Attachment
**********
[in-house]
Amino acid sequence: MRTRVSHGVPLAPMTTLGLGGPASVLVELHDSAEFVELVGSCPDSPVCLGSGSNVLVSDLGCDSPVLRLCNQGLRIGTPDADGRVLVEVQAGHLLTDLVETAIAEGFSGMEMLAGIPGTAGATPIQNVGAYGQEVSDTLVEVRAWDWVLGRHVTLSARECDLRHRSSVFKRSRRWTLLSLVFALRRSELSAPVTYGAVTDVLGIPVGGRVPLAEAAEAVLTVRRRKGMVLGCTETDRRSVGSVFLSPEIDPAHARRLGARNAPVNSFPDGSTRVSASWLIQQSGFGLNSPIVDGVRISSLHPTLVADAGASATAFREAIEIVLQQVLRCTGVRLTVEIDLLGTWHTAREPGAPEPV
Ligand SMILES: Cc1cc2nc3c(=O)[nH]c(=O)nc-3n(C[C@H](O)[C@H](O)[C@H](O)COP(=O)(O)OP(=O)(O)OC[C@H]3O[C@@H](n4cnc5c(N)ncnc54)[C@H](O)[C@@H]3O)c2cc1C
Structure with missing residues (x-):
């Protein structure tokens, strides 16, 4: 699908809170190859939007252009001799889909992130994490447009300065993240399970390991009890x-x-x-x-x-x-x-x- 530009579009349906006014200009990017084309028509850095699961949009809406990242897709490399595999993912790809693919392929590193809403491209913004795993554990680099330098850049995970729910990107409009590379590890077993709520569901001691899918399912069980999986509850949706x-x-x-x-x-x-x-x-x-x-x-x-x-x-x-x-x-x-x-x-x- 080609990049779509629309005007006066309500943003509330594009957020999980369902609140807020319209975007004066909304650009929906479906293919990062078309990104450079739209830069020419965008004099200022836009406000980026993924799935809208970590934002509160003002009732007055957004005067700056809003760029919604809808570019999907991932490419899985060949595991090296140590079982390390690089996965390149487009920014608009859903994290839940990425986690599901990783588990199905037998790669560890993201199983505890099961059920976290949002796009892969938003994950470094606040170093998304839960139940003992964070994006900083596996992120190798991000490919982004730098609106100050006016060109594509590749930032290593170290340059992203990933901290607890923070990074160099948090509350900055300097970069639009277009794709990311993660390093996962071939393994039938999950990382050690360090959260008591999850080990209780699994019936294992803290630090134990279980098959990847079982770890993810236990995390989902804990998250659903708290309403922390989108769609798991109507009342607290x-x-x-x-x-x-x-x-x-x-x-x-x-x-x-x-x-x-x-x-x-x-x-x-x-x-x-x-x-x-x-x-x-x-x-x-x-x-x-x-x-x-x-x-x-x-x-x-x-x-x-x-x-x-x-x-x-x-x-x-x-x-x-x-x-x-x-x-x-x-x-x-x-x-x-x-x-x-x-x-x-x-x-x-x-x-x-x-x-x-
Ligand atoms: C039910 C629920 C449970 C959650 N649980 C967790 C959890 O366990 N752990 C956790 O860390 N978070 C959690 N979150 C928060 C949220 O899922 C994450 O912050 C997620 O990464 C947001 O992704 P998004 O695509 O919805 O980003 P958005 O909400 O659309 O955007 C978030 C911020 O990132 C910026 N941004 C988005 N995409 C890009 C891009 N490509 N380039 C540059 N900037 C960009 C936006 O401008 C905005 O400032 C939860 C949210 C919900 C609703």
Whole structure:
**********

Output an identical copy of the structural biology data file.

[in-house]
Amino acid sequence: MRTRVSHGVPLAPMTTLGLGGPASVLVELHDSAEFVELVGSCPDSPVCLGSGSNVLVSDLGCDSPVLRLCNQGLRIGTPDADGRVLVEVQAGHLLTDLVETAIAEGFSGMEMLAGIPGTAGATPIQNVGAYGQEVSDTLVEVRAWDWVLGRHVTLSARECDLRHRSSVFKRSRRWTLLSLVFALRRSELSAPVTYGAVTDVLGIPVGGRVPLAEAAEAVLTVRRRKGMVLGCTETDRRSVGSVFLSPEIDPAHARRLGARNAPVNSFPDGSTRVSASWLIQQSGFGLNSPIVDGVRISSLHPTLVADAGASATAFREAIEIVLQQVLRCTGVRLTVEIDLLGTWHTAREPGAPEPV
Ligand SMILES: Cc1cc2nc3c(=O)[nH]c(=O)nc-3n(C[C@H](O)[C@H](O)[C@H](O)COP(=O)(O)OP(=O)(O)OC[C@H]3O[C@@H](n4cnc5c(N)ncnc54)[C@H](O)[C@@H]3O)c2cc1C
Structure with missing residues (x-):
């Protein structure tokens, strides 16, 4: 699908809170190859939007252009001799889909992130994490447009300065993240399970390991009890x-x-x-x-x-x-x-x- 530009579009349906006014200009990017084309028509850095699961949009809406990242897709490399595999993912790809693919392929590193809403491209913004795993554990680099330098850049995970729910990107409009590379590890077993709520569901001691899918399912069980999986509850949706x-x-x-x-x-x-x-x-x-x-x-x-x-x-x-x-x-x-x-x-x- 080609990049779509629309005007006066309500943003509330594009957020999980369902609140807020319209975007004066909304650009929906479906293919990062078309990104450079739209830069020419965008004099200022836009406000980026993924799935809208970590934002509160003002009732007055957004005067700056809003760029919604809808570019999907991932490419899985060949595991090296140590079982390390690089996965390149487009920014608009859903994290839940990425986690599901990783588990199905037998790669560890993201199983505890099961059920976290949002796009892969938003994950470094606040170093998304839960139940003992964070994006900083596996992120190798991000490919982004730098609106100050006016060109594509590749930032290593170290340059992203990933901290607890923070990074160099948090509350900055300097970069639009277009794709990311993660390093996962071939393994039938999950990382050690360090959260008591999850080990209780699994019936294992803290630090134990279980098959990847079982770890993810236990995390989902804990998250659903708290309403922390989108769609798991109507009342607290x-x-x-x-x-x-x-x-x-x-x-x-x-x-x-x-x-x-x-x-x-x-x-x-x-x-x-x-x-x-x-x-x-x-x-x-x-x-x-x-x-x-x-x-x-x-x-x-x-x-x-x-x-x-x-x-x-x-x-x-x-x-x-x-x-x-x-x-x-x-x-x-x-x-x-x-x-x-x-x-x-x-x-x-x-x-x-x-x-x-
Ligand atoms: C039910 C629920 C449970 C959650 N649980 C967790 C959890 O366990 N752990 C956790 O860390 N978070 C959690 N979150 C928060 C949220 O899922 C994450 O912050 C997620 O990464 C947001 O992704 P998004 O695509 O919805 O980003 P958005 O909400 O659309 O955007 C978030 C911020 O990132 C910026 N941004 C988005 N995409 C890009 C891009 N490509 N380039 C540059 N900037 C960009 C936006 O401008 C905005 O400032 C939860 C949210 C919900 C609703």
Whole structure: